The Board should get Prabhakar and the team management together and find out what exactly was said and to whom. This simple procedure has not been followed as people have tried to come to their own conclusions as to who would have approached Prabhakar with the offer.

Here too, depending on each person's likes or dislikes, names have been mentioned (not publicly) and so character assassination has taken place instead of getting all the parties together and trying to find out the facts.

Prabhakar, during the time he played for India, was a hundred per cent player, who gave every effort to the team. But in this instance, he has been less than 100 per cent for a while. It is understandable he has reasons not to name the player. But he could give some clue or a hint like whether the player is tall, short, bearded, mustachioed, slim, fat or some such, just as the former commissioner of income tax has said that a recent' former captain has declared Rs 16 crore in the VDIS scheme.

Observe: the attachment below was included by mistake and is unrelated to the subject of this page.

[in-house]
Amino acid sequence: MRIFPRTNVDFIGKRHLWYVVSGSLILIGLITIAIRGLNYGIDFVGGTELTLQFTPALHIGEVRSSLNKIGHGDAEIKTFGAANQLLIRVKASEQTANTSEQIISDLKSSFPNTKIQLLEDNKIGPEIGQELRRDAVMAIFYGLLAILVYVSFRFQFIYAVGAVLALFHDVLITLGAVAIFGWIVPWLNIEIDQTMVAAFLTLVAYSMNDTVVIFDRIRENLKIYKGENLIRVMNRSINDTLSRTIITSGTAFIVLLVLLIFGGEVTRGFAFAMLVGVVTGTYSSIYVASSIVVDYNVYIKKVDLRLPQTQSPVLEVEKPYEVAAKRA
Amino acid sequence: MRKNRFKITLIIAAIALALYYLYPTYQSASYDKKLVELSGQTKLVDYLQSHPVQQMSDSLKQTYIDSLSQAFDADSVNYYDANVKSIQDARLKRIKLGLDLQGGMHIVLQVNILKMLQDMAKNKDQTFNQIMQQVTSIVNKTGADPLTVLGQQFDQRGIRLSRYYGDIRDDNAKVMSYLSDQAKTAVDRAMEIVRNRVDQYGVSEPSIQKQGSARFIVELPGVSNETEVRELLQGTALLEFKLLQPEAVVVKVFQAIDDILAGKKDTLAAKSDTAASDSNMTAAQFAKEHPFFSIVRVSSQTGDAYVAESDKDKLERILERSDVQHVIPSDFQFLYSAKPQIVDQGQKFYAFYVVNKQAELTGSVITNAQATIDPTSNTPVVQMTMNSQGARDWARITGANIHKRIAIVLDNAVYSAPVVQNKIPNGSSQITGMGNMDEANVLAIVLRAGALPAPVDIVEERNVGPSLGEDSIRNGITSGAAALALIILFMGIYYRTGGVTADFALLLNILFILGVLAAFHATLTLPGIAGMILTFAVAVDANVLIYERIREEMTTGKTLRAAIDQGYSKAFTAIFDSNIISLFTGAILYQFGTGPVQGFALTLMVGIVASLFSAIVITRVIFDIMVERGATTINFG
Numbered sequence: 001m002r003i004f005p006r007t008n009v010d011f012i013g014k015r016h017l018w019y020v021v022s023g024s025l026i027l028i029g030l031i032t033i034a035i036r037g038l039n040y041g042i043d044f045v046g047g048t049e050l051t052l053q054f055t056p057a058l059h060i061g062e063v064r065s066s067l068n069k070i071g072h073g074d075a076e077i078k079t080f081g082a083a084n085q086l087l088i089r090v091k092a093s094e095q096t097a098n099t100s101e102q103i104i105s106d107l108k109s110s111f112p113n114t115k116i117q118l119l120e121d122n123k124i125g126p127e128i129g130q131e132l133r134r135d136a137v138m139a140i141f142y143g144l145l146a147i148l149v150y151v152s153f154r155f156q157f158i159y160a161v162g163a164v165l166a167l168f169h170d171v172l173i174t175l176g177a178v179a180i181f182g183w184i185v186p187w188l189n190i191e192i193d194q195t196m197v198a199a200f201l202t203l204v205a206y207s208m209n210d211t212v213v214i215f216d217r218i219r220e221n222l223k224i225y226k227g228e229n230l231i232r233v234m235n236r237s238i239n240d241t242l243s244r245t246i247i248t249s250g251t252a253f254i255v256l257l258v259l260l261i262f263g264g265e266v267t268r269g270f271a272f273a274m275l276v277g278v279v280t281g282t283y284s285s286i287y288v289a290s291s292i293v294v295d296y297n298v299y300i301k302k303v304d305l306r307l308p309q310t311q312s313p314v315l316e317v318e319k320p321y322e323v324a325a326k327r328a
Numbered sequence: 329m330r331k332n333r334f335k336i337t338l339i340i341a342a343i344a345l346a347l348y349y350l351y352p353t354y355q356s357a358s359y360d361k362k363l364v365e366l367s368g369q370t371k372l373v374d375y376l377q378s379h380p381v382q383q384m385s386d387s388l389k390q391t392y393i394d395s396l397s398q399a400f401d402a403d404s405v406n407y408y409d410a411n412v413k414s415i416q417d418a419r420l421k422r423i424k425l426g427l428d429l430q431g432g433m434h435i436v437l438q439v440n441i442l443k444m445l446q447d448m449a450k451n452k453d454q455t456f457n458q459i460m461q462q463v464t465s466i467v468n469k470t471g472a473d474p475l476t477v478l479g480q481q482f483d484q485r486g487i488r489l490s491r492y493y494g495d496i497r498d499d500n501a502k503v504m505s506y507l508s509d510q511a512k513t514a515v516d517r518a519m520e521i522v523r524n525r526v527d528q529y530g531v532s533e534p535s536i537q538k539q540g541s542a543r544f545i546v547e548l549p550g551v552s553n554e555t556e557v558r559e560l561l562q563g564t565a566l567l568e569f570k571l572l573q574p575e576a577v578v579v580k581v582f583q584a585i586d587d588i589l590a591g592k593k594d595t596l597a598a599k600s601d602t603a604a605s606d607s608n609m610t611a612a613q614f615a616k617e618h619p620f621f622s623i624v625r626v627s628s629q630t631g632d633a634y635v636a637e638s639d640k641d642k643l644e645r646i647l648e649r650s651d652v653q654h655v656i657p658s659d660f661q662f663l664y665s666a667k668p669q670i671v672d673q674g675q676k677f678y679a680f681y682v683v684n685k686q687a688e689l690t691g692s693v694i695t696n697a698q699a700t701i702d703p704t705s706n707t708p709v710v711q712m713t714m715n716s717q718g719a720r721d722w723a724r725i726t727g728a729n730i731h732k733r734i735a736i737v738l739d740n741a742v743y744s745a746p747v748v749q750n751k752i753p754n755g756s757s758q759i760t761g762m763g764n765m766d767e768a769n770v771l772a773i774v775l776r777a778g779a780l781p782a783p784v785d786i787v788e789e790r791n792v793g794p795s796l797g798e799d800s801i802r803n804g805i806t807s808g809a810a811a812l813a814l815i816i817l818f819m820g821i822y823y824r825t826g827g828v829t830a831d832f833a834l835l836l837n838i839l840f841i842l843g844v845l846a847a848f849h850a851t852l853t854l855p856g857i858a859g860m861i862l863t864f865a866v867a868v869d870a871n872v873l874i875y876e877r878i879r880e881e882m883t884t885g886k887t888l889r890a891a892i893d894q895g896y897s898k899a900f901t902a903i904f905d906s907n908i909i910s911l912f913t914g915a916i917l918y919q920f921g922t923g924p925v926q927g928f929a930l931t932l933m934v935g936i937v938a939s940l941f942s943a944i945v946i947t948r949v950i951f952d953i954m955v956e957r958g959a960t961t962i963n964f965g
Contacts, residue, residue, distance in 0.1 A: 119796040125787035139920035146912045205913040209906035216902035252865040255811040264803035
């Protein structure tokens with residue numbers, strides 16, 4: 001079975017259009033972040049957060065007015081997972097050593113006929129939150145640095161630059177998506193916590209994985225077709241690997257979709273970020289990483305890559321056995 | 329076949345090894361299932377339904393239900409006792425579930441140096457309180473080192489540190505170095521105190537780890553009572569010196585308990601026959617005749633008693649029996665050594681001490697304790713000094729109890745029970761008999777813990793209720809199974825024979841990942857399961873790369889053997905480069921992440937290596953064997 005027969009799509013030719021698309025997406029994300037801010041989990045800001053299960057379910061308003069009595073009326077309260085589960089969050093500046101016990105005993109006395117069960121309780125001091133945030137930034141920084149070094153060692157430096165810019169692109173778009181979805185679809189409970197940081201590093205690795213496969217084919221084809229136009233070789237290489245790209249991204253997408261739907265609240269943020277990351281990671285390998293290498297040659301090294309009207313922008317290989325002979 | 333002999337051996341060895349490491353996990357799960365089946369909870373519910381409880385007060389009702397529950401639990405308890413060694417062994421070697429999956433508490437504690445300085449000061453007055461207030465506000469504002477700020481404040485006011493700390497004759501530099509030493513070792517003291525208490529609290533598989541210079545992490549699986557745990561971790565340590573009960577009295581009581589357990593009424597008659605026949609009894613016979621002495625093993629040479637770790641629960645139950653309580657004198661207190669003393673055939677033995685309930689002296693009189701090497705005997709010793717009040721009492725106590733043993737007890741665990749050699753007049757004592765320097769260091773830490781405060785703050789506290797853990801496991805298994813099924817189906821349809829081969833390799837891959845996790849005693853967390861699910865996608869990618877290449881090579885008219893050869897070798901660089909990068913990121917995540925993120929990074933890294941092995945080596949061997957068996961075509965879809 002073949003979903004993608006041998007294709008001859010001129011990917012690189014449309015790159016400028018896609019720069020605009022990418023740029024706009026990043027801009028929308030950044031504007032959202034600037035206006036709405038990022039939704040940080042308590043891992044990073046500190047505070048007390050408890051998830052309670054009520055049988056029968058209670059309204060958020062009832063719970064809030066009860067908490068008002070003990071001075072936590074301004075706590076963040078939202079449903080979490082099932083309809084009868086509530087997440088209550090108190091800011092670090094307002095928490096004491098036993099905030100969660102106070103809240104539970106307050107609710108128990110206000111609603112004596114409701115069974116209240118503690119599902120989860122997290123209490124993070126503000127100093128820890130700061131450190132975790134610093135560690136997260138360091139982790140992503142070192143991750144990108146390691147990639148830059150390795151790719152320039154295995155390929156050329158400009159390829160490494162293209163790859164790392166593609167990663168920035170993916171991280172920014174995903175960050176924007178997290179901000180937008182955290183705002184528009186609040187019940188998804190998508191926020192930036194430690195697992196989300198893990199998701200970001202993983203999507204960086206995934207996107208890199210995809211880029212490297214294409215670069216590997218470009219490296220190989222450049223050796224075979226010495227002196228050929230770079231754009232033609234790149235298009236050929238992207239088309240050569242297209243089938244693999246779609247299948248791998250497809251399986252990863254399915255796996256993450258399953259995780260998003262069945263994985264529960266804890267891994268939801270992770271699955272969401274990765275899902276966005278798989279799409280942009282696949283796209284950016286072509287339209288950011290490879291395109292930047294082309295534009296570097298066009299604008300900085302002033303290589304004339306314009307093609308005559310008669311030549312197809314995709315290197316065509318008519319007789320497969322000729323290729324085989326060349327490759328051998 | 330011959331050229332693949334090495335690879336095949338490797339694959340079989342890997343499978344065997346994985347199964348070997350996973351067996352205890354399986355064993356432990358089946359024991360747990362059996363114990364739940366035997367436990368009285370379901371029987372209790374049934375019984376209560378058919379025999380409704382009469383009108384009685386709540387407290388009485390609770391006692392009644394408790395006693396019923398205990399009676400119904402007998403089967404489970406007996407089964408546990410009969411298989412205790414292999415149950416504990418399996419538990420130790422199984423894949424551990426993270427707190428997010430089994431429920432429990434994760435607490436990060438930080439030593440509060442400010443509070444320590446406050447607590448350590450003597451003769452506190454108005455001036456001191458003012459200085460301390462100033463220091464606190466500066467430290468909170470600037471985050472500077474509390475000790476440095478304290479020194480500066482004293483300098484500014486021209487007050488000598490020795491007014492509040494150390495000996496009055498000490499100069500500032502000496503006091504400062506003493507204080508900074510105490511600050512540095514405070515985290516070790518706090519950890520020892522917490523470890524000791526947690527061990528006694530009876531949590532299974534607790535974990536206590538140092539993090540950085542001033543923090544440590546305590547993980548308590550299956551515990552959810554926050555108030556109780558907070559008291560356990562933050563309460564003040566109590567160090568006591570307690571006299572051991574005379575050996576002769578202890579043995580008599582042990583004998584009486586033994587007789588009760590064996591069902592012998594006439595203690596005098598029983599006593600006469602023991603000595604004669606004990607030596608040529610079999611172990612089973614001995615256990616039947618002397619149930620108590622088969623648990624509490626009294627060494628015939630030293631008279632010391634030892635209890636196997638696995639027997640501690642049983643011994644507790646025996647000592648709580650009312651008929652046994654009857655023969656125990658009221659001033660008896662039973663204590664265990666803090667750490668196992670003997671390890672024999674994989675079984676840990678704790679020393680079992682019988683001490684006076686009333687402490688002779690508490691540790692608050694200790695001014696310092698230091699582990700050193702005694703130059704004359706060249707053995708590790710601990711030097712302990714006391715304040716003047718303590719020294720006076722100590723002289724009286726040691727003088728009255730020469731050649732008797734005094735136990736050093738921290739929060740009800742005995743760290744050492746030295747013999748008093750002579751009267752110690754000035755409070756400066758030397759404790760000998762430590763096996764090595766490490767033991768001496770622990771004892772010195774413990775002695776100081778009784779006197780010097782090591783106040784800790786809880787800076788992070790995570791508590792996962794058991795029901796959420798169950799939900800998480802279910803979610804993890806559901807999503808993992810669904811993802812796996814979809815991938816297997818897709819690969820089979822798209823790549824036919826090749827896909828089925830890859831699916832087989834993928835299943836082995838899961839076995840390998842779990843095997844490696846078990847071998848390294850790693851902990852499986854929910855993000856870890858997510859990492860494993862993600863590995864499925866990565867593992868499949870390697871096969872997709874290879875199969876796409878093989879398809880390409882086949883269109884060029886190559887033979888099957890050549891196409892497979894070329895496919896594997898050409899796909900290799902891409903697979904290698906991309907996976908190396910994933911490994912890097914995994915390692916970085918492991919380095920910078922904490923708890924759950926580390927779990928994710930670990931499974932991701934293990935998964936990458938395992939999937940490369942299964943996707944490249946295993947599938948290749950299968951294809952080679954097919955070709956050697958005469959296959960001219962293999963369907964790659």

Thank god for that, or else every living former captain from Lala Amarnath onwards would have come under the hammer. Here too, the speculation about who it is has been unbelievable and no patience shown to find out who made the actual voluntary disclosure.

The simple thing to do would be to wait for the year's tax returns for the 11 plus crores that the person would have made 'official' after the deduction of 30 per cent of tax on the 16 crore should be part of his income and investments this year and surely that would not be too difficult to find.